Back in the days of old Uborka, our ISP was Pipex. This was a satisfactory relationship for 2 or 3 years – our connection speed was initially 512Kbps, then 1Mb. Things started to turn sour when we moved house, and the experience was anything but seamless. At the time, we had plenty of other issues on our plate, so I reluctantly ended up in another 12 month contract with them.
After a year, we then moved to ADSL24. Things weren’t always perfect, but we stayed with them for a while. ADSL24 were a reseller for other companies’ services – for the first couple of years we were on an Entanet connection, which was good for a while, then Entanet lost the plot a bit, and we transferred to a Cable & Wireless LLU connection. This process was handled extremely well and served to reinforce my faith in ADSL24. We stuck with this for four more years. It wasn’t perfect by any means – the connection did drop occasionally, which could get annoying, and the speed (8Mb/s down, 1Mb/s up) was starting to look a bit unimpressive by modern standards. However, it was as close to “unlimited” as you can get – no bandwidth usage limits, no fair usage policy, no port blocking or traffic management or anything like that. There was also no minimum contract term – I was never tied in for more than a month, which is definitely my favourite way of doing things. All for £20 per month.
This happy stable state came to an end about a year ago. It was announced that ADSL24 would be sold to COMS. I had concerns, but I figured that it was worth giving it a try. In December last year, the administrative side of things was transferred from ADSL24 to COMS, and that didn’t go too badly. Then, in February this year, the actual physical connection was rerouted to go through COMS equipment, and that’s when things started going wrong. We had numerous outages for the first couple of weeks. It got to the point where I nearly requested my MAC code, I had lost all confidence that they knew what they were doing, but an email from someone at their service desk said “look, it’s all fixed now, we promise, have a month free to make up for this nonsense.”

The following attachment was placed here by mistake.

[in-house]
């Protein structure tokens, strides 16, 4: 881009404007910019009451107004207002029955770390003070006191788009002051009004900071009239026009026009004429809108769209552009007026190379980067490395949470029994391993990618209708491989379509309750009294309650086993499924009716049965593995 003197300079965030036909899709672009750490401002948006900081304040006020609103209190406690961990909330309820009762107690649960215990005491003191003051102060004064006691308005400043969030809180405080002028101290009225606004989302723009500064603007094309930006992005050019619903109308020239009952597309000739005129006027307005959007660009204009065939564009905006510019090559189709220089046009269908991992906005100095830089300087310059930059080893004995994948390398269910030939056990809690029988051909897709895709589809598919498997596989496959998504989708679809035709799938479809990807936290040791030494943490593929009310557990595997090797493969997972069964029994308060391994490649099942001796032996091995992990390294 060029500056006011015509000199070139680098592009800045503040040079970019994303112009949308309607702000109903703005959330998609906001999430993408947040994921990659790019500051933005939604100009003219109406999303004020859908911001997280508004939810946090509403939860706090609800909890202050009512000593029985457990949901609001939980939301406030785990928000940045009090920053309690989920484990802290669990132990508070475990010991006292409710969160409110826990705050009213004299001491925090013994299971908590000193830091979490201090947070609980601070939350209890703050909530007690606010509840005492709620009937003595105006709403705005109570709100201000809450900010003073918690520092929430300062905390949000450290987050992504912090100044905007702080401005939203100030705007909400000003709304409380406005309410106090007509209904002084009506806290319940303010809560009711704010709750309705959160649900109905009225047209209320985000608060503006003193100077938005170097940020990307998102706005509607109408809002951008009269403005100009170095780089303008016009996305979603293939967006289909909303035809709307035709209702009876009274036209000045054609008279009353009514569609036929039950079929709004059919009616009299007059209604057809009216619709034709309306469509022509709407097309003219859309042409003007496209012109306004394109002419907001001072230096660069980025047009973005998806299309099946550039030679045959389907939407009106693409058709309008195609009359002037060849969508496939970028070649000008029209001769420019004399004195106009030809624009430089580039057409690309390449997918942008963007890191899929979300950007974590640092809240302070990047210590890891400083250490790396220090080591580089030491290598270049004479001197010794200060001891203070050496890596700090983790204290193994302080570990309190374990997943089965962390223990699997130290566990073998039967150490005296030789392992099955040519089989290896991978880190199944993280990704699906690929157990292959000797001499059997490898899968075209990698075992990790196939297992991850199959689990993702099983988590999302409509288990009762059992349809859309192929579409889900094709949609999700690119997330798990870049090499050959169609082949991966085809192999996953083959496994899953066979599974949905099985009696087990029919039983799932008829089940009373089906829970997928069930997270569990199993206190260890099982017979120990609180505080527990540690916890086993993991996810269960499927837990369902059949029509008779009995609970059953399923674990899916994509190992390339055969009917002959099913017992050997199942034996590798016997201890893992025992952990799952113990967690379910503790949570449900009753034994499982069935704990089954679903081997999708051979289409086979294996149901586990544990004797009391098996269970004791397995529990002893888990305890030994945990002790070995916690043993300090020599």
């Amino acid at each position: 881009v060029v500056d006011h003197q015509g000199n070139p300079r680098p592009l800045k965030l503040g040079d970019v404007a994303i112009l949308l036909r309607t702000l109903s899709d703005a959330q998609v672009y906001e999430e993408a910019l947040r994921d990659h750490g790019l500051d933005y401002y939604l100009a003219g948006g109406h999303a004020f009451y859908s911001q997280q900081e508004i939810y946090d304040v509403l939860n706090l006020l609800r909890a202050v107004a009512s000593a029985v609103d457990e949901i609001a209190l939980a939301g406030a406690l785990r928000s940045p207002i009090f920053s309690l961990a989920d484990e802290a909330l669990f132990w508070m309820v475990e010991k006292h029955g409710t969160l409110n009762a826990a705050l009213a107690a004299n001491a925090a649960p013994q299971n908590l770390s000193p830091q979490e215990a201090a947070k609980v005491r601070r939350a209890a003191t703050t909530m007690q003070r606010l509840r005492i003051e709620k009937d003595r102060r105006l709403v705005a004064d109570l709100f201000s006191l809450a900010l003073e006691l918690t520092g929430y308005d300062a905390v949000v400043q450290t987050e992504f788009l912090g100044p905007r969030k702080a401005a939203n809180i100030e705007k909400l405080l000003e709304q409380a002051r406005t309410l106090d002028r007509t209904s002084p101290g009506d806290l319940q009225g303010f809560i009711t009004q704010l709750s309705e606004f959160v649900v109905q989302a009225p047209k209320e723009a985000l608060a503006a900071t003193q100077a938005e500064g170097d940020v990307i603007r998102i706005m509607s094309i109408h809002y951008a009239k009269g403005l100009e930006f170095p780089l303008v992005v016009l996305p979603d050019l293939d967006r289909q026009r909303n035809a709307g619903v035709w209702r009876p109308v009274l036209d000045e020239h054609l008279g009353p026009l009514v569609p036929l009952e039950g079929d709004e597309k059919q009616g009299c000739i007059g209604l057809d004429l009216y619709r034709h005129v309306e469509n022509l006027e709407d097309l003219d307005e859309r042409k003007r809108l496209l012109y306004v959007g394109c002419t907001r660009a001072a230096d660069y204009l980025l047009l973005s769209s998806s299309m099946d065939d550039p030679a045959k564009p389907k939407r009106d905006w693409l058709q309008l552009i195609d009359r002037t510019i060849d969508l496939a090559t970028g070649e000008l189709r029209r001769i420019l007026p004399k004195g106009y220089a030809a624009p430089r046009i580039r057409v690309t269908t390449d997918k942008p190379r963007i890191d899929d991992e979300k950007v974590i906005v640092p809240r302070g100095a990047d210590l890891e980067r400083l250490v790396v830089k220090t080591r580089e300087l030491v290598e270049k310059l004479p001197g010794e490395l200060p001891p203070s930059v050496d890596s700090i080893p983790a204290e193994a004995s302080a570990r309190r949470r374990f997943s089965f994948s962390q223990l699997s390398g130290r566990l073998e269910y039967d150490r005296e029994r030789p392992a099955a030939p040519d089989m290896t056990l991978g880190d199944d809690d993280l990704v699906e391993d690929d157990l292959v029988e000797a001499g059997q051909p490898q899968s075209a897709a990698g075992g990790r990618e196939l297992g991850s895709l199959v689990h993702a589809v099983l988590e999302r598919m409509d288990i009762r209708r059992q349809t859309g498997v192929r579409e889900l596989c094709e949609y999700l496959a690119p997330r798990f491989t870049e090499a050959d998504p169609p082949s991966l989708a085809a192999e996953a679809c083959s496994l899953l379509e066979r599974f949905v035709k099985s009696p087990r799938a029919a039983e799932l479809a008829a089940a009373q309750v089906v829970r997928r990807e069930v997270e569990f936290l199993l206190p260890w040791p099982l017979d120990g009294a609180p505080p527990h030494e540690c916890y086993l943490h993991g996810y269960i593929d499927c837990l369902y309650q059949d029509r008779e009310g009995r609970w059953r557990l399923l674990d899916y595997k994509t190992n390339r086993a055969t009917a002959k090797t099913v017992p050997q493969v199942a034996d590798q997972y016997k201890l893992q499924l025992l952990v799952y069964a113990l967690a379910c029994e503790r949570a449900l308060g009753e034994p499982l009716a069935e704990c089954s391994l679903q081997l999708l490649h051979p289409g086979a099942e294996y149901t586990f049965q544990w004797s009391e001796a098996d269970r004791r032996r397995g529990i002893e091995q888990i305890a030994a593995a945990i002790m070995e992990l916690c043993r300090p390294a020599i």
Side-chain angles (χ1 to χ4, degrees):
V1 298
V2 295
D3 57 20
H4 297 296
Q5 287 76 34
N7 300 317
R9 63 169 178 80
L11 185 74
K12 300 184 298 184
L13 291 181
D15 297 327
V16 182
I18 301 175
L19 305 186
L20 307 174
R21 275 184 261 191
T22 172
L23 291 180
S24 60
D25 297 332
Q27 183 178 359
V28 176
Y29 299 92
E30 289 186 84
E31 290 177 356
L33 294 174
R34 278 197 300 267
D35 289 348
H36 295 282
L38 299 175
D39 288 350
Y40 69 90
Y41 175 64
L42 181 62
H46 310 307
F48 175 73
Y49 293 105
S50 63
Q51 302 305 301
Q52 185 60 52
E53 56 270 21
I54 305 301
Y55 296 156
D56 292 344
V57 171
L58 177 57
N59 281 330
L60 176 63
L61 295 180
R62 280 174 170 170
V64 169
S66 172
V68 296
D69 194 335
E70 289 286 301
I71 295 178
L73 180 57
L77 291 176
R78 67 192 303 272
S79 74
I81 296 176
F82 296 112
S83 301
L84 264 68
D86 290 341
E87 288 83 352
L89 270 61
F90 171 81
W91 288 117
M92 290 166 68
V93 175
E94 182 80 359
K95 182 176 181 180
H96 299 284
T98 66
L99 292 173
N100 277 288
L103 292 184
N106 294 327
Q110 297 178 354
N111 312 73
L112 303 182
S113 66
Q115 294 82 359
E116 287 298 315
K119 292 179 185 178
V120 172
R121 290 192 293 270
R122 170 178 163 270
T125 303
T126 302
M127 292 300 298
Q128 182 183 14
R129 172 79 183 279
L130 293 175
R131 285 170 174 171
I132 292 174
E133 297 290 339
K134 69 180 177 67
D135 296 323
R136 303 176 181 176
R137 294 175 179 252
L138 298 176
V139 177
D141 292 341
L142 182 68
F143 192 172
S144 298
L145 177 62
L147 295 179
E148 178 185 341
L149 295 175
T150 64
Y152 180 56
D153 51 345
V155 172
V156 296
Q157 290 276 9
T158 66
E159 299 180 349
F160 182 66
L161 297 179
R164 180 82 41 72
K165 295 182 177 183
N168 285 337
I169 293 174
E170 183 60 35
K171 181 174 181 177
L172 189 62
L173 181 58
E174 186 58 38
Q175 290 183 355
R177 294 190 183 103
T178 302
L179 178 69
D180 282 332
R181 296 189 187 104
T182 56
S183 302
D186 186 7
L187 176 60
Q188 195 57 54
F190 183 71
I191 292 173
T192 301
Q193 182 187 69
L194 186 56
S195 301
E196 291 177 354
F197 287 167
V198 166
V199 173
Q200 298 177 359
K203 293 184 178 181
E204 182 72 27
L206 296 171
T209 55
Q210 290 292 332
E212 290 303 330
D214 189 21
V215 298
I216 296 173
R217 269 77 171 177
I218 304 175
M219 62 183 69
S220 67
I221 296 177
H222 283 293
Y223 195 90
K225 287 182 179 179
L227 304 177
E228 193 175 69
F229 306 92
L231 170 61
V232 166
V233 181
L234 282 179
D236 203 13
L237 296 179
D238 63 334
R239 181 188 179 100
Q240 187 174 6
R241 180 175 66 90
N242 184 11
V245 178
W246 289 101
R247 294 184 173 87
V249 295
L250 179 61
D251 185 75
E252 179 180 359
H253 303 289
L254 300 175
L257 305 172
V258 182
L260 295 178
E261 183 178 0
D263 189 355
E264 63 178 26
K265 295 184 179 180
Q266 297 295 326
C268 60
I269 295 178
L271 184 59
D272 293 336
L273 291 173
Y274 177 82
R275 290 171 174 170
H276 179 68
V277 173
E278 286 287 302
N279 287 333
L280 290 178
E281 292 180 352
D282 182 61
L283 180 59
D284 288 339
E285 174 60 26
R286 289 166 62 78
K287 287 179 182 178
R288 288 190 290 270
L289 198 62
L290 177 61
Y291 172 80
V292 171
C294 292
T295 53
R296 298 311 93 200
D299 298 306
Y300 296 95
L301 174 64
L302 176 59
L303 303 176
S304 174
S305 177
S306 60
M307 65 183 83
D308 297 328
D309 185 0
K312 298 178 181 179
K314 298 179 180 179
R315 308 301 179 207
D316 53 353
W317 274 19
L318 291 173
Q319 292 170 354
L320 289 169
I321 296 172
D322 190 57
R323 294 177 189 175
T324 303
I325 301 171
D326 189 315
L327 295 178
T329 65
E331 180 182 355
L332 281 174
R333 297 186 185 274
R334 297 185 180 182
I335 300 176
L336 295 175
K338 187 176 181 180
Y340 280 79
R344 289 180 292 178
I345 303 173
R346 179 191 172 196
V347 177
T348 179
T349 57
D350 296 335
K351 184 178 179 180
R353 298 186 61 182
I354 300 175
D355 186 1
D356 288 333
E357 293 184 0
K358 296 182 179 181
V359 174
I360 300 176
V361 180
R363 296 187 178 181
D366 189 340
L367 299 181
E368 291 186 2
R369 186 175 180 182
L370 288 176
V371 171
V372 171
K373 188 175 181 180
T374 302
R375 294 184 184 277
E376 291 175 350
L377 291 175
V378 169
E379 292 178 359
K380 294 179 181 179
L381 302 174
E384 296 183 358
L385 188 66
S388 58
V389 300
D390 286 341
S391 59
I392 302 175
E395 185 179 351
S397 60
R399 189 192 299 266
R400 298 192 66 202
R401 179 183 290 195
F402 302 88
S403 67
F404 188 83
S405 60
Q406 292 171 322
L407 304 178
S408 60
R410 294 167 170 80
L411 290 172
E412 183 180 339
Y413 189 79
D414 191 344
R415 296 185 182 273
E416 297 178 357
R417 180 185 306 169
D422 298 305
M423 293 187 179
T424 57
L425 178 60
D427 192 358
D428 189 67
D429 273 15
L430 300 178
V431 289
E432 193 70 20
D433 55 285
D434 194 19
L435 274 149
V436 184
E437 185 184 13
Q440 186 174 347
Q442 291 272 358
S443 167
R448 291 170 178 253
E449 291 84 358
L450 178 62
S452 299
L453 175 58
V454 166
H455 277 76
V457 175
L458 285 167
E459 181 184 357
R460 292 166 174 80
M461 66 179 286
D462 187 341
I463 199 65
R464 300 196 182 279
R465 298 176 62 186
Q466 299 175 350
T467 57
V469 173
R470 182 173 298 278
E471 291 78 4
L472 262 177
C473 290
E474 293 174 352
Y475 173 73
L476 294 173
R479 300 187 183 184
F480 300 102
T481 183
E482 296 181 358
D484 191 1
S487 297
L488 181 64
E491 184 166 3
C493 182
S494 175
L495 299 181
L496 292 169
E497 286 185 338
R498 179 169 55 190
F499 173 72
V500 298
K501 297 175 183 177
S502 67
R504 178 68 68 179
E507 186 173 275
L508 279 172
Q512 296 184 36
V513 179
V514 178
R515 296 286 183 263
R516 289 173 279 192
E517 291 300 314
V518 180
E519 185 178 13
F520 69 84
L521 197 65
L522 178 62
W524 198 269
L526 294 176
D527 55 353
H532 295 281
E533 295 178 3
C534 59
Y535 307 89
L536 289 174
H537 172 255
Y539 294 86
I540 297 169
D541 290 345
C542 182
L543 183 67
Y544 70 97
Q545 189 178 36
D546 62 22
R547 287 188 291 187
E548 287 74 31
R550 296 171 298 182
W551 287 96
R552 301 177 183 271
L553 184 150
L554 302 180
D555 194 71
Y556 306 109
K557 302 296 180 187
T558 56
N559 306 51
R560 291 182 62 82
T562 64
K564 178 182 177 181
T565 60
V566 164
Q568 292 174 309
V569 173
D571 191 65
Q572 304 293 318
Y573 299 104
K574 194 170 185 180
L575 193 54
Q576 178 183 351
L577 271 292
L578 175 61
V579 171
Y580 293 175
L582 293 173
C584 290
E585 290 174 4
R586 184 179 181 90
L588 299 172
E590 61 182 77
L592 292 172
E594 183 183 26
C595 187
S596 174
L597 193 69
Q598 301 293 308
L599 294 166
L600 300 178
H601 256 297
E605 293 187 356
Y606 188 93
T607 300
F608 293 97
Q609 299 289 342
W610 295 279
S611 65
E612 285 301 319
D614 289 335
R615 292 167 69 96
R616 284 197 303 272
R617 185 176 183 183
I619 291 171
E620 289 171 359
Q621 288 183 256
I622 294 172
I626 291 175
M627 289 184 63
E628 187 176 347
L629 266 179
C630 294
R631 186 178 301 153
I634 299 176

Which was a brilliant move, and that free month would have been enough to keep me with COMS. But something else went wrong.
Without any warning, one weekend they introduced traffic management. Traffic management basically means reducing or choking off certain types of traffic to ease congestion on the network for other types. I see the sense behind it, and it generally results in slightly improved speeds – if done discreetly, it can provide a better experience all round, but COMS weren’t doing it discreetly, and it was most certainly noticeable when my traffic got throttled down to 30KB/s.
I was a bit miffed by this. Not only had I been promised that COMS would provide the same quality of service as ADSL24 had, but the traffic management had been introduced without any notice. The only reason that I knew it was happening was by the symptoms (and the complaints of other ADSL24 customers on web forums who had noticed the same thing). There was a general mood of resignation to the fact that ADSL24 had been irretrievably destroyed by COMS, and things would never be the same again.
One MAC code later and we’re now with Andrews & Arnold. There are three small (and perfectly justifiable) downsides, which I shall enumerate first, because I’m predictable like that – I always lead with the stuff that I want to get out of the way, and then finish with the things that I want to accentuate. The first downside is that it’s pricier – we’re now paying £35 per month instead of £20. The second is that we now have a monthly downstream bandwidth limit of 100GB. And the third is that I’m tied in for the first 6 months (after which it goes to being a monthly rolling contract). I hasten to add, while I list these as downsides, there are good reasons for all of them, so don’t mistake this for complaining.
To the positives though – it’s FTTC (fibre to the cabinet)! This means that our downstream is now nearly 40Mb/s. I’ve calculated that at this speed, we could chomp through our 100GB monthly quota in less than 6 hours. The upstream is now a scorching 8Mb/s, which is nearly as fast as the downstream that we got before! The improvement is greatly appreciated – I’m uploading a lot more recently since I started doing the gaming videos, and so that’s not such a big time-consuming job any more. As you probably could predict, A&A also have no fair usage policy or traffic management or anything like that. They’re also targeted more at the technically minded customer who wants to be able to scrutinise their line stats in obscene detail, than the mainstream customer who isn’t interested in knowing how the sausages are made.
Who knows what the future brings, but I’m really glad that I took the plunge, and I’m hoping for many years of happy relationships with A&A!